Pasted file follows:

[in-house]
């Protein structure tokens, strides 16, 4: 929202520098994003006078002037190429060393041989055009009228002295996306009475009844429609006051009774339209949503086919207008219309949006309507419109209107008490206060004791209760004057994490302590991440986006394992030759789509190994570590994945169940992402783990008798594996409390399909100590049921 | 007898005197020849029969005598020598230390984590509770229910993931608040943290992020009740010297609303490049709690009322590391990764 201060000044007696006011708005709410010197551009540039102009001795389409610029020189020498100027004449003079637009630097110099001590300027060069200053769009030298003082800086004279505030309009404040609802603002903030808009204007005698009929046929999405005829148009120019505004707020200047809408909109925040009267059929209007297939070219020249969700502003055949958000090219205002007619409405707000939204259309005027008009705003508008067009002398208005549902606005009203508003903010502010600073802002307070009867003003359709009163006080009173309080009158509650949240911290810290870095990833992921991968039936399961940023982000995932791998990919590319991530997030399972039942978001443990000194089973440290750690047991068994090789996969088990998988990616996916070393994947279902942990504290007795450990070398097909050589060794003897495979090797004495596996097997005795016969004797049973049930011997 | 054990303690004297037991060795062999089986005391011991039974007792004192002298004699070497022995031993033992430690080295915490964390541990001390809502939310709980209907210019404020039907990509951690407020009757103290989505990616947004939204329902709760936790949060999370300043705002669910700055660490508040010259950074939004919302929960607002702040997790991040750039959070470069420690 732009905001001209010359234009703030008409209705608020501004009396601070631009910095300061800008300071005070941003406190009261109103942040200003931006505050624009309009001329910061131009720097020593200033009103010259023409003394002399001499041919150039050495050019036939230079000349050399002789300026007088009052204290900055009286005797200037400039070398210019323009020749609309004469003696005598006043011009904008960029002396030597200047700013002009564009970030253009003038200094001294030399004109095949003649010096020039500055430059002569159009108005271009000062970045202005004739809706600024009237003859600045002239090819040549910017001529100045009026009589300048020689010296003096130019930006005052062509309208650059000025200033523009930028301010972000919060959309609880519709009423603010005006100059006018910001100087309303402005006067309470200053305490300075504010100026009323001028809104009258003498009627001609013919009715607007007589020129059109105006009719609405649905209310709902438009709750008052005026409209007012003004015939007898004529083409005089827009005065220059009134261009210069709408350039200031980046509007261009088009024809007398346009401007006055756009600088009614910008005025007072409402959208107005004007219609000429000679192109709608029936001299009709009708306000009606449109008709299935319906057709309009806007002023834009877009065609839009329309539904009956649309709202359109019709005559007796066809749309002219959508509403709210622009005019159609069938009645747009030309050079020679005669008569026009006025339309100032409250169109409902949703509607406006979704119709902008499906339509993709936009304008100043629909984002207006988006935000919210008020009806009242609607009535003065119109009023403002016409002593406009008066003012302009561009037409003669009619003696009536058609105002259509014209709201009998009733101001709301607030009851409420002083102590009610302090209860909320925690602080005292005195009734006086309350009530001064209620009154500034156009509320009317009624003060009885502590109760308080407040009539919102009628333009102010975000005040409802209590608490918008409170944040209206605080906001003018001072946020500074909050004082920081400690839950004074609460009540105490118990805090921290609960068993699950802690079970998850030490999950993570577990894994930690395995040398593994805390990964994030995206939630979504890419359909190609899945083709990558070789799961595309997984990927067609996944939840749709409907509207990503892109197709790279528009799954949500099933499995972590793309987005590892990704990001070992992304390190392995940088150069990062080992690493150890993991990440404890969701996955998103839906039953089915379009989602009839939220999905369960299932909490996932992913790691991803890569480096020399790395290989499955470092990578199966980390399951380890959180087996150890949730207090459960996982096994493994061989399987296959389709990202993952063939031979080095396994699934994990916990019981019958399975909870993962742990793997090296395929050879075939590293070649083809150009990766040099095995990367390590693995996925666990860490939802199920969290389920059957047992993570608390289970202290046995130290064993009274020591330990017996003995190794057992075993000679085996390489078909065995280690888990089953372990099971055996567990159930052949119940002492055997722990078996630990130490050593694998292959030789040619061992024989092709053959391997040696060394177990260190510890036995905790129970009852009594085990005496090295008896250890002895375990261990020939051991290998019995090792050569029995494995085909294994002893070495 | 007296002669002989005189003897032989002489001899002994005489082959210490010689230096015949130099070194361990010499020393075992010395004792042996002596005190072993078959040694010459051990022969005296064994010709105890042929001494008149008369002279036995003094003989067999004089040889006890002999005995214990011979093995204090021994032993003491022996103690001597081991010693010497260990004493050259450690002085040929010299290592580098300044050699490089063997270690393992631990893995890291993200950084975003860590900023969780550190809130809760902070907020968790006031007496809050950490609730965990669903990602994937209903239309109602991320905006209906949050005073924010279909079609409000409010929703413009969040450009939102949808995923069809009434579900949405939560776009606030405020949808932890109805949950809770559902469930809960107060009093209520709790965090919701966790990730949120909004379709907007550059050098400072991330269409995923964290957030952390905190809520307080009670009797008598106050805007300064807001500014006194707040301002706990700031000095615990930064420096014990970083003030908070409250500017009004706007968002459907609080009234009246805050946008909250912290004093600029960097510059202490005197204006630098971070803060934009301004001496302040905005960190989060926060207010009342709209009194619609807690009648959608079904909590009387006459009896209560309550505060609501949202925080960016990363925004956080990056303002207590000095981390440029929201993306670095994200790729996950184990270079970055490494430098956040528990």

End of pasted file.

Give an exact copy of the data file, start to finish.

[in-house]
């Protein structure tokens, strides 16, 4: 929202520098994003006078002037190429060393041989055009009228002295996306009475009844429609006051009774339209949503086919207008219309949006309507419109209107008490206060004791209760004057994490302590991440986006394992030759789509190994570590994945169940992402783990008798594996409390399909100590049921 | 007898005197020849029969005598020598230390984590509770229910993931608040943290992020009740010297609303490049709690009322590391990764 201060000044007696006011708005709410010197551009540039102009001795389409610029020189020498100027004449003079637009630097110099001590300027060069200053769009030298003082800086004279505030309009404040609802603002903030808009204007005698009929046929999405005829148009120019505004707020200047809408909109925040009267059929209007297939070219020249969700502003055949958000090219205002007619409405707000939204259309005027008009705003508008067009002398208005549902606005009203508003903010502010600073802002307070009867003003359709009163006080009173309080009158509650949240911290810290870095990833992921991968039936399961940023982000995932791998990919590319991530997030399972039942978001443990000194089973440290750690047991068994090789996969088990998988990616996916070393994947279902942990504290007795450990070398097909050589060794003897495979090797004495596996097997005795016969004797049973049930011997 | 054990303690004297037991060795062999089986005391011991039974007792004192002298004699070497022995031993033992430690080295915490964390541990001390809502939310709980209907210019404020039907990509951690407020009757103290989505990616947004939204329902709760936790949060999370300043705002669910700055660490508040010259950074939004919302929960607002702040997790991040750039959070470069420690 732009905001001209010359234009703030008409209705608020501004009396601070631009910095300061800008300071005070941003406190009261109103942040200003931006505050624009309009001329910061131009720097020593200033009103010259023409003394002399001499041919150039050495050019036939230079000349050399002789300026007088009052204290900055009286005797200037400039070398210019323009020749609309004469003696005598006043011009904008960029002396030597200047700013002009564009970030253009003038200094001294030399004109095949003649010096020039500055430059002569159009108005271009000062970045202005004739809706600024009237003859600045002239090819040549910017001529100045009026009589300048020689010296003096130019930006005052062509309208650059000025200033523009930028301010972000919060959309609880519709009423603010005006100059006018910001100087309303402005006067309470200053305490300075504010100026009323001028809104009258003498009627001609013919009715607007007589020129059109105006009719609405649905209310709902438009709750008052005026409209007012003004015939007898004529083409005089827009005065220059009134261009210069709408350039200031980046509007261009088009024809007398346009401007006055756009600088009614910008005025007072409402959208107005004007219609000429000679192109709608029936001299009709009708306000009606449109008709299935319906057709309009806007002023834009877009065609839009329309539904009956649309709202359109019709005559007796066809749309002219959508509403709210622009005019159609069938009645747009030309050079020679005669008569026009006025339309100032409250169109409902949703509607406006979704119709902008499906339509993709936009304008100043629909984002207006988006935000919210008020009806009242609607009535003065119109009023403002016409002593406009008066003012302009561009037409003669009619003696009536058609105002259509014209709201009998009733101001709301607030009851409420002083102590009610302090209860909320925690602080005292005195009734006086309350009530001064209620009154500034156009509320009317009624003060009885502590109760308080407040009539919102009628333009102010975000005040409802209590608490918008409170944040209206605080906001003018001072946020500074909050004082920081400690839950004074609460009540105490118990805090921290609960068993699950802690079970998850030490999950993570577990894994930690395995040398593994805390990964994030995206939630979504890419359909190609899945083709990558070789799961595309997984990927067609996944939840749709409907509207990503892109197709790279528009799954949500099933499995972590793309987005590892990704990001070992992304390190392995940088150069990062080992690493150890993991990440404890969701996955998103839906039953089915379009989602009839939220999905369960299932909490996932992913790691991803890569480096020399790395290989499955470092990578199966980390399951380890959180087996150890949730207090459960996982096994493994061989399987296959389709990202993952063939031979080095396994699934994990916990019981019958399975909870993962742990793997090296395929050879075939590293070649083809150009990766040099095995990367390590693995996925666990860490939802199920969290389920059957047992993570608390289970202290046995130290064993009274020591330990017996003995190794057992075993000679085996390489078909065995280690888990089953372990099971055996567990159930052949119940002492055997722990078996630990130490050593694998292959030789040619061992024989092709053959391997040696060394177990260190510890036995905790129970009852009594085990005496090295008896250890002895375990261990020939051991290998019995090792050569029995494995085909294994002893070495 | 007296002669002989005189003897032989002489001899002994005489082959210490010689230096015949130099070194361990010499020393075992010395004792042996002596005190072993078959040694010459051990022969005296064994010709105890042929001494008149008369002279036995003094003989067999004089040889006890002999005995214990011979093995204090021994032993003491022996103690001597081991010693010497260990004493050259450690002085040929010299290592580098300044050699490089063997270690393992631990893995890291993200950084975003860590900023969780550190809130809760902070907020968790006031007496809050950490609730965990669903990602994937209903239309109602991320905006209906949050005073924010279909079609409000409010929703413009969040450009939102949808995923069809009434579900949405939560776009606030405020949808932890109805949950809770559902469930809960107060009093209520709790965090919701966790990730949120909004379709907007550059050098400072991330269409995923964290957030952390905190809520307080009670009797008598106050805007300064807001500014006194707040301002706990700031000095615990930064420096014990970083003030908070409250500017009004706007968002459907609080009234009246805050946008909250912290004093600029960097510059202490005197204006630098971070803060934009301004001496302040905005960190989060926060207010009342709209009194619609807690009648959608079904909590009387006459009896209560309550505060609501949202925080960016990363925004956080990056303002207590000095981390440029929201993306670095994200790729996950184990270079970055490494430098956040528990």